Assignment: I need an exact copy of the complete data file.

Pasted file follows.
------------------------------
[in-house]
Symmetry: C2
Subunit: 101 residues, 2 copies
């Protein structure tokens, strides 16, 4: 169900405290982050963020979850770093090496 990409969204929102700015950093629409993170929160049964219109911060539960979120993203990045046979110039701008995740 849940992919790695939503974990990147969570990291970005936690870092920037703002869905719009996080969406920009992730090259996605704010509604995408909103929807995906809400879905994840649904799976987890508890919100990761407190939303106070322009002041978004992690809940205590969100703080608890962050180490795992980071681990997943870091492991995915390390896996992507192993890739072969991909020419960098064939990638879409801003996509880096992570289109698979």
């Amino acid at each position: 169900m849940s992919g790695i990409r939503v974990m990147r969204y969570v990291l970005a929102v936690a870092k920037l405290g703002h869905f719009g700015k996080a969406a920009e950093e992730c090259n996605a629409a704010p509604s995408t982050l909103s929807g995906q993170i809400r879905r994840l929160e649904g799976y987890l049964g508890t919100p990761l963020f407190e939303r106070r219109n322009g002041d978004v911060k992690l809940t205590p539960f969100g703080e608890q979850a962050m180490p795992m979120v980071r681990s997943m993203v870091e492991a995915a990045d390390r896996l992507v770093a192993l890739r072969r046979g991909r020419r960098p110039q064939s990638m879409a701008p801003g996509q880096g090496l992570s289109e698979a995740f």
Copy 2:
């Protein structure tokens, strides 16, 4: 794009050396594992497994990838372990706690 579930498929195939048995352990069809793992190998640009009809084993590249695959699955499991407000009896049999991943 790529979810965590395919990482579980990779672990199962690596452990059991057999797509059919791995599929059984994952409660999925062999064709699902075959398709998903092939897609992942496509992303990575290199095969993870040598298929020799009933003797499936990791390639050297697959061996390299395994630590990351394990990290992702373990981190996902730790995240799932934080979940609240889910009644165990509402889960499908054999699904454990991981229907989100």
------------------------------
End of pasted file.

[in-house]
Symmetry: C2
Subunit: 101 residues, 2 copies
């Protein structure tokens, strides 16, 4: 169900405290982050963020979850770093090496 990409969204929102700015950093629409993170929160049964219109911060539960979120993203990045046979110039701008995740 849940992919790695939503974990990147969570990291970005936690870092920037703002869905719009996080969406920009992730090259996605704010509604995408909103929807995906809400879905994840649904799976987890508890919100990761407190939303106070322009002041978004992690809940205590969100703080608890962050180490795992980071681990997943870091492991995915390390896996992507192993890739072969991909020419960098064939990638879409801003996509880096992570289109698979």
């Amino acid at each position: 169900m849940s992919g790695i990409r939503v974990m990147r969204y969570v990291l970005a929102v936690a870092k920037l405290g703002h869905f719009g700015k996080a969406a920009e950093e992730c090259n996605a629409a704010p509604s995408t982050l909103s929807g995906q993170i809400r879905r994840l929160e649904g799976y987890l049964g508890t919100p990761l963020f407190e939303r106070r219109n322009g002041d978004v911060k992690l809940t205590p539960f969100g703080e608890q979850a962050m180490p795992m979120v980071r681990s997943m993203v870091e492991a995915a990045d390390r896996l992507v770093a192993l890739r072969r046979g991909r020419r960098p110039q064939s990638m879409a701008p801003g996509q880096g090496l992570s289109e698979a995740f």
Copy 2:
């Protein structure tokens, strides 16, 4: 794009050396594992497994990838372990706690 579930498929195939048995352990069809793992190998640009009809084993590249695959699955499991407000009896049999991943 790529979810965590395919990482579980990779672990199962690596452990059991057999797509059919791995599929059984994952409660999925062999064709699902075959398709998903092939897609992942496509992303990575290199095969993870040598298929020799009933003797499936990791390639050297697959061996390299395994630590990351394990990290992702373990981190996902730790995240799932934080979940609240889910009644165990509402889960499908054999699904454990991981229907989100």